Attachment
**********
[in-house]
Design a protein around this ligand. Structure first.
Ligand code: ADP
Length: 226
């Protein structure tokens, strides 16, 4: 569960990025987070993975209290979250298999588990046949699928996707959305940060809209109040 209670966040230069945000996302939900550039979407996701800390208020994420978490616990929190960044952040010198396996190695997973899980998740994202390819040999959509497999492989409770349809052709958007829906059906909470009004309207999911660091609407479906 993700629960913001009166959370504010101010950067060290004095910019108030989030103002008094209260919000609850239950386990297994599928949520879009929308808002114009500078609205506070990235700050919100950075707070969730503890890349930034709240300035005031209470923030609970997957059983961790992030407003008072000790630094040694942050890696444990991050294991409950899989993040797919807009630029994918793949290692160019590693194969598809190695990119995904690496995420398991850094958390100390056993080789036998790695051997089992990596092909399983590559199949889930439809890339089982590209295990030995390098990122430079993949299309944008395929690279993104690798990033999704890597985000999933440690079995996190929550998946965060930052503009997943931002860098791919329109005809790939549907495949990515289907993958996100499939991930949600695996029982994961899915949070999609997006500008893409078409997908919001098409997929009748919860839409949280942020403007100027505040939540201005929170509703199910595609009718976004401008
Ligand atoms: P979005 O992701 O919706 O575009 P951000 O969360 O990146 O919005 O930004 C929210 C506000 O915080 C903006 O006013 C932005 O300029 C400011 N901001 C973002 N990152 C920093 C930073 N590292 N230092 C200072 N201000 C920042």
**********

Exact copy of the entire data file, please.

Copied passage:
[in-house]
Design a protein around this ligand. Structure first.
Ligand code: ADP
Length: 226
């Protein structure tokens, strides 16, 4: 569960990025987070993975209290979250298999588990046949699928996707959305940060809209109040 209670966040230069945000996302939900550039979407996701800390208020994420978490616990929190960044952040010198396996190695997973899980998740994202390819040999959509497999492989409770349809052709958007829906059906909470009004309207999911660091609407479906 993700629960913001009166959370504010101010950067060290004095910019108030989030103002008094209260919000609850239950386990297994599928949520879009929308808002114009500078609205506070990235700050919100950075707070969730503890890349930034709240300035005031209470923030609970997957059983961790992030407003008072000790630094040694942050890696444990991050294991409950899989993040797919807009630029994918793949290692160019590693194969598809190695990119995904690496995420398991850094958390100390056993080789036998790695051997089992990596092909399983590559199949889930439809890339089982590209295990030995390098990122430079993949299309944008395929690279993104690798990033999704890597985000999933440690079995996190929550998946965060930052503009997943931002860098791919329109005809790939549907495949990515289907993958996100499939991930949600695996029982994961899915949070999609997006500008893409078409997908919001098409997929009748919860839409949280942020403007100027505040939540201005929170509703199910595609009718976004401008
Ligand atoms: P979005 O992701 O919706 O575009 P951000 O969360 O990146 O919005 O930004 C929210 C506000 O915080 C903006 O006013 C932005 O300029 C400011 N901001 C973002 N990152 C920093 C930073 N590292 N230092 C200072 N201000 C920042």